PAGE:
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A girl fills metal pitchers with drinking water from a tubewell outside a temple in Ahmedabad, India March 30, 2017. REUTERS/Amit Dave

2017 is not going so well for the resident of India. Worldwide drought has hit India harder than most countries. For over a century the municipal water has been mishandled and mistreated. Taken for granted as something that would always be there forever. However, now the find people of India realize that they should have paid a little bit more attention to the incompetence set forth by local municipal water companies.

The population boom in India over the past 100 years has led to this worsening water crisis. By the year 2050, the population is expected to read 1.7 billion. The middle class is all but gone and the rich are using more water than all the poor.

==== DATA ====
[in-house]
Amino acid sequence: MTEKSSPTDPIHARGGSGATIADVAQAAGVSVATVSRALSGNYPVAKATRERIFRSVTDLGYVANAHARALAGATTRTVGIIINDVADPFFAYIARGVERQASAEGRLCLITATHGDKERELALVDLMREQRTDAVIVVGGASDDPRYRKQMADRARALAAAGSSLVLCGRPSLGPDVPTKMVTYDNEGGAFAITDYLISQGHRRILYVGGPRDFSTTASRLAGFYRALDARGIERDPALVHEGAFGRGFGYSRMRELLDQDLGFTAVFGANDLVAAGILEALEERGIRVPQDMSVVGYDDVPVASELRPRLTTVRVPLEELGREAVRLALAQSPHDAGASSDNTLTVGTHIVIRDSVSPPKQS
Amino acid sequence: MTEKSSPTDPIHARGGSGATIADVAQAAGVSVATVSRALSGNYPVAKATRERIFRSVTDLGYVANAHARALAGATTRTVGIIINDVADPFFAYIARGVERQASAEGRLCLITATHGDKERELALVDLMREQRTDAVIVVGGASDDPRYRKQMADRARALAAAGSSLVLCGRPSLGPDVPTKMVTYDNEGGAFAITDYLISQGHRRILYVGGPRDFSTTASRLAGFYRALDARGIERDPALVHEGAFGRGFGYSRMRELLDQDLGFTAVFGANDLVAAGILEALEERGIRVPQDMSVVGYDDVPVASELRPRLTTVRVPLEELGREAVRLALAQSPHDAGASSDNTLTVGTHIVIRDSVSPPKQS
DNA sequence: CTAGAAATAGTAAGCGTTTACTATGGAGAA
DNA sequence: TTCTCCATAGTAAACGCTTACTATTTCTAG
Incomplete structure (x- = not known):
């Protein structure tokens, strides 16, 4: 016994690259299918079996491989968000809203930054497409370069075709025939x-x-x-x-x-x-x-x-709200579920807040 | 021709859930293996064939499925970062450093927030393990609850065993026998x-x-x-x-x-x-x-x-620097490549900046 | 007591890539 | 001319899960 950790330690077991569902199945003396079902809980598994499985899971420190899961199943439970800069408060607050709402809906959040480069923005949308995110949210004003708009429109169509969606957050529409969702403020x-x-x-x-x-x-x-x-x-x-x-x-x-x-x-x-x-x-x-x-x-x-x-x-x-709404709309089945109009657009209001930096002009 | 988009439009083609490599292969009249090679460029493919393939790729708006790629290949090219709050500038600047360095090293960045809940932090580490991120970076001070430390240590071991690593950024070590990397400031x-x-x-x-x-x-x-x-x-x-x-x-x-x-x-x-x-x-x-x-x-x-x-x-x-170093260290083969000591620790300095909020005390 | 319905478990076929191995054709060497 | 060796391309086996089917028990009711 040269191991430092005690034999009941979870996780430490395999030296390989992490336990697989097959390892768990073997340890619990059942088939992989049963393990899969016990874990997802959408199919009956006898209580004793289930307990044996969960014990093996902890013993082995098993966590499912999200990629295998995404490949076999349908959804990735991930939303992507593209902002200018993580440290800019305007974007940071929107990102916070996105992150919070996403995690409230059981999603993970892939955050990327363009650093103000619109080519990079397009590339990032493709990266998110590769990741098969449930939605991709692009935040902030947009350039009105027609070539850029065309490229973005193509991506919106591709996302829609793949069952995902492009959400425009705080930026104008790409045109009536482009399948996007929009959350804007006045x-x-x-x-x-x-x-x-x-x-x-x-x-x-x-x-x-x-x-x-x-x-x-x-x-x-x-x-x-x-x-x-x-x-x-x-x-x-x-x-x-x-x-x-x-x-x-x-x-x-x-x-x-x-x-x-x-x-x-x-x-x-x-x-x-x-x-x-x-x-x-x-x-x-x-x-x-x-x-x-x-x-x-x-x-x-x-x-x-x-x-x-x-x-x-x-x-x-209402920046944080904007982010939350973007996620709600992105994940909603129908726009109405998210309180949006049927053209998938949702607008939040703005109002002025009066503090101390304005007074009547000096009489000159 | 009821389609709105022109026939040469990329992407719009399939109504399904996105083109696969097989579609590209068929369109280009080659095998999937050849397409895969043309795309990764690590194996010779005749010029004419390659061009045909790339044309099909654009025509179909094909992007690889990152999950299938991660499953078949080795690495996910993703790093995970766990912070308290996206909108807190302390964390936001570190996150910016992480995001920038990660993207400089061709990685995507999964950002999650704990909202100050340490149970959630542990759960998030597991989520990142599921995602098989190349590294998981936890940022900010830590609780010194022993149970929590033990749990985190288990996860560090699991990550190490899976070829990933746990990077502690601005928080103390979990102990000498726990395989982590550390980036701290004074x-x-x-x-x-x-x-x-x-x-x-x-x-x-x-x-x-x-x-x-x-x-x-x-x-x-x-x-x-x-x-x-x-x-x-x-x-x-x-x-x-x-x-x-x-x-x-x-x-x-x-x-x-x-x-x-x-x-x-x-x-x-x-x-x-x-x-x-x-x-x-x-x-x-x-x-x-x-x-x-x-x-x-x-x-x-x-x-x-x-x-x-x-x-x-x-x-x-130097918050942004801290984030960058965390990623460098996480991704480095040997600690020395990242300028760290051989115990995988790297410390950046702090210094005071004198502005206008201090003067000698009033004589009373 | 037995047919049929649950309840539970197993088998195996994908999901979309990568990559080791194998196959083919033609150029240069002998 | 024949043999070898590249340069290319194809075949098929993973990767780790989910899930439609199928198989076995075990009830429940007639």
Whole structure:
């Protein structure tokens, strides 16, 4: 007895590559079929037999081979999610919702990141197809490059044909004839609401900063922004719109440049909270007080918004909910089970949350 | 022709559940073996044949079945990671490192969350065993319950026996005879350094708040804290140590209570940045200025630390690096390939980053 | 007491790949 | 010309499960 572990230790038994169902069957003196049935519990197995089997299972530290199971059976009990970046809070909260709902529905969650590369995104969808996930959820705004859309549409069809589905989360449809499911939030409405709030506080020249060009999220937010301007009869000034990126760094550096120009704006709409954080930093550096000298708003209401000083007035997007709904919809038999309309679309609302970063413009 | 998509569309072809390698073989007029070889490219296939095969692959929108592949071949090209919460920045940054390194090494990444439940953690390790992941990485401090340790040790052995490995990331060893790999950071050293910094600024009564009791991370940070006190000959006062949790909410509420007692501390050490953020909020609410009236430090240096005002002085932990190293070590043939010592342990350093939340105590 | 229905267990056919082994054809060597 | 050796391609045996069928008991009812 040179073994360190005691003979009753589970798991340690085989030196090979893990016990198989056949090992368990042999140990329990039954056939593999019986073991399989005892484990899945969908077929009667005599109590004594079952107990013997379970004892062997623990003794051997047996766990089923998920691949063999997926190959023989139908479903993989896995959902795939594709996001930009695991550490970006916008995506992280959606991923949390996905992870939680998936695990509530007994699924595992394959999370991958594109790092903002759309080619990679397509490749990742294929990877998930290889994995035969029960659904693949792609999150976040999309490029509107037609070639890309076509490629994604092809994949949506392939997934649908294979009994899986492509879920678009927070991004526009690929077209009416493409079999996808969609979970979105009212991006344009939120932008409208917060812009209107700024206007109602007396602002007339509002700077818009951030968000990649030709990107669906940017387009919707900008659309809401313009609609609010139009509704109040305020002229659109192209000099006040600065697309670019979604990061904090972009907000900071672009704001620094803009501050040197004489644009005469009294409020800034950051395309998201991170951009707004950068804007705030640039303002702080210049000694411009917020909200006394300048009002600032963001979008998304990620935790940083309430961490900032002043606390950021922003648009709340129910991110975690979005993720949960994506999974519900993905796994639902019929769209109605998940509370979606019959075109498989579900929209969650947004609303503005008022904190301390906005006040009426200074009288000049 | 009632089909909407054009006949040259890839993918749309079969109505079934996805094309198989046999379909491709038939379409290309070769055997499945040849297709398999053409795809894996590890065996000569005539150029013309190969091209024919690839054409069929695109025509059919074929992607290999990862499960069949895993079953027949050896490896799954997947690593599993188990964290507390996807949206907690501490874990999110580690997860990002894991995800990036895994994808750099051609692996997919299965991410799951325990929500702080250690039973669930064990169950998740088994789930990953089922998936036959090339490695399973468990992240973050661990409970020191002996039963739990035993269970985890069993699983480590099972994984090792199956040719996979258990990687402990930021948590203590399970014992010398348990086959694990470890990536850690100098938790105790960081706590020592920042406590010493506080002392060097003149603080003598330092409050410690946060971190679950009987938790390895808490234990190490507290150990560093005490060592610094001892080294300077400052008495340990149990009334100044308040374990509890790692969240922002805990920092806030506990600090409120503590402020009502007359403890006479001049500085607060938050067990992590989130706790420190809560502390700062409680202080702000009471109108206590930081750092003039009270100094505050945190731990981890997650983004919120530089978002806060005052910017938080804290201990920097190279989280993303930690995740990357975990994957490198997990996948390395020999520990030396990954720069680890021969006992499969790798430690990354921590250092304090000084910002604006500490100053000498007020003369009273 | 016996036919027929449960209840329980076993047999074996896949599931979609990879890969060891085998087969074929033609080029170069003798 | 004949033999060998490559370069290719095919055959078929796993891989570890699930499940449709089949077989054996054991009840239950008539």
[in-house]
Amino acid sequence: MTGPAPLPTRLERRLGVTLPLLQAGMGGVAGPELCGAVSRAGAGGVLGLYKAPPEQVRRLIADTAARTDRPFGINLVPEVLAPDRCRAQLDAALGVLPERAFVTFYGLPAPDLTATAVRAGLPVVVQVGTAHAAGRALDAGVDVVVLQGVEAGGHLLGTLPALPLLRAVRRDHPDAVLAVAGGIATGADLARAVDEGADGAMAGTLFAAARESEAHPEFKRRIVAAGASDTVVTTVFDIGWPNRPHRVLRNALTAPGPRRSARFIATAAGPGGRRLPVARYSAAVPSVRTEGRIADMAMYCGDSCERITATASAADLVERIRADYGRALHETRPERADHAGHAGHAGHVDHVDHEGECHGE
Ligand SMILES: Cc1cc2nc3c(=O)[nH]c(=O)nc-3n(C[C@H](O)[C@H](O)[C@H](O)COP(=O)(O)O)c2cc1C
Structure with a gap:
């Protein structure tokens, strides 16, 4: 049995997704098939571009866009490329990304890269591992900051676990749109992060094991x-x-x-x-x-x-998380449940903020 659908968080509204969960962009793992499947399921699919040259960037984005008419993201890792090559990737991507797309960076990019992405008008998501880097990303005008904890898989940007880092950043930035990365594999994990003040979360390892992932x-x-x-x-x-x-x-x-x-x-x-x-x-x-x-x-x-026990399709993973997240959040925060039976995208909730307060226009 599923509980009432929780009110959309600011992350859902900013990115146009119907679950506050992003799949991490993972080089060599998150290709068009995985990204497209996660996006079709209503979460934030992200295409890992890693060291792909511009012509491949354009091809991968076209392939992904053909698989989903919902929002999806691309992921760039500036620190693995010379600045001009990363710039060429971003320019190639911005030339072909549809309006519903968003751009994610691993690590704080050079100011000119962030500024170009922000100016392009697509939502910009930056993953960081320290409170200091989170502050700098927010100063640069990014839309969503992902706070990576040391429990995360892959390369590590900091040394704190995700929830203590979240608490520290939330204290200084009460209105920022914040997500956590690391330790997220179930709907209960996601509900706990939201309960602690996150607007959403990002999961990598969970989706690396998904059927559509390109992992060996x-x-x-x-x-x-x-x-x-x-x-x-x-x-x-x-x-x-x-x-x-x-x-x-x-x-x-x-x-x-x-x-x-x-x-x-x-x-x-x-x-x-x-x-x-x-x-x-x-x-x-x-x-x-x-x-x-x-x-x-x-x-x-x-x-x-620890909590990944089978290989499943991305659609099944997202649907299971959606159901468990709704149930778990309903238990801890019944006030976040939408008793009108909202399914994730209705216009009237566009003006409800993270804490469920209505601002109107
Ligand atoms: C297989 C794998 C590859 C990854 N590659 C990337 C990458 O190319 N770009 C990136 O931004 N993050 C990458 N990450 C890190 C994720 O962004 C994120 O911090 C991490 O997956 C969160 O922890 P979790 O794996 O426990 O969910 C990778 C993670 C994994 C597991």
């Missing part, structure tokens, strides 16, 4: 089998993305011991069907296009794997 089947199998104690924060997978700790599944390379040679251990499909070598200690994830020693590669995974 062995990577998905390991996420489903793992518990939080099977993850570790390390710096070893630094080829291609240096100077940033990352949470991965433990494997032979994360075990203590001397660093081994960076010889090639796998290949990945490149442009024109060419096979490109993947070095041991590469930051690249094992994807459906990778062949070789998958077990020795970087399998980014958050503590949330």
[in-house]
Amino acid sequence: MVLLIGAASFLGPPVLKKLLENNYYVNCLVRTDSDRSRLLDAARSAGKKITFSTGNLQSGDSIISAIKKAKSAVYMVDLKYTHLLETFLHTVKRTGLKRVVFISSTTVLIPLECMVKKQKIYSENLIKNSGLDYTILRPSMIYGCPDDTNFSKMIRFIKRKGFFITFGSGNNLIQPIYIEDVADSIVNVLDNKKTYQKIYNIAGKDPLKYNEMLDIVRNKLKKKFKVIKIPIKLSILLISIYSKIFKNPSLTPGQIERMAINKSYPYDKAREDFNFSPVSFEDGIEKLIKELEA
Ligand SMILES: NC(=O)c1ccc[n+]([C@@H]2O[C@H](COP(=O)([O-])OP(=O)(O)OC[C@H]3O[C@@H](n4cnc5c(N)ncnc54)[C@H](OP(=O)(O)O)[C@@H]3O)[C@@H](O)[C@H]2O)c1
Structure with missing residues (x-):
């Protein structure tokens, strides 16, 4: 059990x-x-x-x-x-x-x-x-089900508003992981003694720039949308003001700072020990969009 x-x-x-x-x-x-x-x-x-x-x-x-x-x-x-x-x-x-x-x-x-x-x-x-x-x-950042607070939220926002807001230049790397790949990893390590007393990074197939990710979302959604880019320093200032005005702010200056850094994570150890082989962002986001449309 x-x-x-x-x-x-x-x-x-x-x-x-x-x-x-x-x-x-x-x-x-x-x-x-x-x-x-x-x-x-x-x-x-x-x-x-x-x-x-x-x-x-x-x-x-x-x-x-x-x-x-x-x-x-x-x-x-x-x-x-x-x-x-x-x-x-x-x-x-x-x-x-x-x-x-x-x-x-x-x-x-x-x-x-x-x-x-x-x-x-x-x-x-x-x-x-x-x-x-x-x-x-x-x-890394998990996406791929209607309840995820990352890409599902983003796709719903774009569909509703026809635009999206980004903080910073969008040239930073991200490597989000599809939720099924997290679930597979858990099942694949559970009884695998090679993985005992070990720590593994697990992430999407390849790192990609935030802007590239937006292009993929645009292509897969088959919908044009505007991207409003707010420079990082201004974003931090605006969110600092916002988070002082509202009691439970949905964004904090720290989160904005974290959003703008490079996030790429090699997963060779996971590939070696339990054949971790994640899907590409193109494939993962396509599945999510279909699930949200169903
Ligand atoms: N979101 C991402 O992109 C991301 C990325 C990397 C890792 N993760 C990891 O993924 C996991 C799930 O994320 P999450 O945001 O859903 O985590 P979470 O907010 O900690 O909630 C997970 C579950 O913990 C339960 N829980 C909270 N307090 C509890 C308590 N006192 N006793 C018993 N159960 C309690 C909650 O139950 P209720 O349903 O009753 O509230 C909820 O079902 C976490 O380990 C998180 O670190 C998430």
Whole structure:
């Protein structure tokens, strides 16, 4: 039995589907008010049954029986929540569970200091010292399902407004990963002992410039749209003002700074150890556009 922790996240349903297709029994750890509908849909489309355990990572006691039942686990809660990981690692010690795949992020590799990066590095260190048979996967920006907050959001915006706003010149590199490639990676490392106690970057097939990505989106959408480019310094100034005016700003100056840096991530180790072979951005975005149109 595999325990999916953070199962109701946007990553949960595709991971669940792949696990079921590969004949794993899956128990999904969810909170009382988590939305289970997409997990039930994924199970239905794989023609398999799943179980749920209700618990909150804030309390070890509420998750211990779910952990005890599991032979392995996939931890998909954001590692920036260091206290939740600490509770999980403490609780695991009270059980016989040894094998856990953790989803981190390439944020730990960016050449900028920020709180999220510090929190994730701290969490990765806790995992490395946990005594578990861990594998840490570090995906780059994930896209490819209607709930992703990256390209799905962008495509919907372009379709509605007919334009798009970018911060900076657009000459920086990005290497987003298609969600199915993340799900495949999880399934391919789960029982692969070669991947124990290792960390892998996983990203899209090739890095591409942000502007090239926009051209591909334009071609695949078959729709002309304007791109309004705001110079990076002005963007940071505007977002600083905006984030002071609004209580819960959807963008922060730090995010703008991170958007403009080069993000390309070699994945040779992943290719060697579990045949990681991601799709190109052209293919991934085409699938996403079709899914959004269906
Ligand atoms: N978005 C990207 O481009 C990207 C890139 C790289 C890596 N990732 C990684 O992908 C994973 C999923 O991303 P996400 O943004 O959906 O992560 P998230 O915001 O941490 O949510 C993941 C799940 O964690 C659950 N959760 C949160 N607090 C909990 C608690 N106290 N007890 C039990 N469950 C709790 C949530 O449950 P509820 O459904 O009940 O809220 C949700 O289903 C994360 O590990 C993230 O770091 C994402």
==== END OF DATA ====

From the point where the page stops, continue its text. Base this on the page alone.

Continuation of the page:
To make things worse there has not been any serious attempt at fixing this issue at the state level. There are no plans to implement water relief to villagers that can’t water their crops or feed their livestock. This is mainly due to politics and internal strife in the government to implement a hard choice for the people of India.

The graph shows just how much the population of India has risen over the past decade and the amount of water that each person consumes. There is no doubt that within a few years the population will be much lower if they don’t get their water.

Here is what you may commonly see in many of the shops and local venues in the cities. The water drips out of the faucet very slowly and many people have to wait in line for hours to fill up just one bucket of water.